Digitally enhanced die casting: from advanced monitoring to AI-perfected processes
1/5/2024 Technology & Processes Die casting process Experts Know-how

Digitally enhanced die casting: from advanced monitoring to AI-perfected processes

Modern die casting complexity makes manual monitoring and improvement challenging. Troubleshooting is often guesswork and as more experienced staff retire, a skills gap appears, making it even harder to control casting quality, cut costs and lower emissions. Digital is now the most effective – often the only – way to achieve substantial gains.

man working on a computer

Foundry digitalization – taking your first steps

Many die casters have standalone digital systems on individual machines that make live data available locally and may also store some data for reporting. But here, you still often need offline data integration to build a whole or partial process view. Manual integration like this is slow and error prone. Merged data and derived variables are also too old for spotting emerging problems. This means root cause analysis is slow and may never fully succeed due to time constraints. A single IIoT (Industrial Internet of Things) platform is the answer, an example of which is Monitizer®. With it, production data goes to a central database where it is stored and combined with other data. In real time.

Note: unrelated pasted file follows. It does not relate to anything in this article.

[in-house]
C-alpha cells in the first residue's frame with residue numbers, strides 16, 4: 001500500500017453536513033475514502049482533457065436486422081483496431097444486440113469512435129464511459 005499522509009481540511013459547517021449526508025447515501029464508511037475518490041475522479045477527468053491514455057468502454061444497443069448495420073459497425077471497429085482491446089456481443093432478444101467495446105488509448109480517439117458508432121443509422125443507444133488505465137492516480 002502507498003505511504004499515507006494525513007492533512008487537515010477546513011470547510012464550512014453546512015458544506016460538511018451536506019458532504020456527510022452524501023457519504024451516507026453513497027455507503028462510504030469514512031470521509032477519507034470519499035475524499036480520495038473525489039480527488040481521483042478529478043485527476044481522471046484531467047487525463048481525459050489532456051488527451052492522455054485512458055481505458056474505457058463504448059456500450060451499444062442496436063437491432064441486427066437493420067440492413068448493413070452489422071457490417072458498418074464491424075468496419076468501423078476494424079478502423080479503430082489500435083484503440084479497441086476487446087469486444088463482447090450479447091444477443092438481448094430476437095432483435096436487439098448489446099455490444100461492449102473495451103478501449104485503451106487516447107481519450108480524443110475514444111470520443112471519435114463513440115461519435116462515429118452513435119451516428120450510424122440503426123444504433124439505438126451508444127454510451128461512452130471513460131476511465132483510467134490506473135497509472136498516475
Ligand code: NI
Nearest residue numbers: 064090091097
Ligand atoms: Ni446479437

The essentials for effective data monitoring

As more machines are connected to the IIoT platform, it must be able to scale up on demand. Cloud-based modular systems are perfect for this in terms of flexibility and processing power. Whether cloud-based or on-site, the system must be able to extract data from any vendor’s equipment with no or a minimum of extra hardware.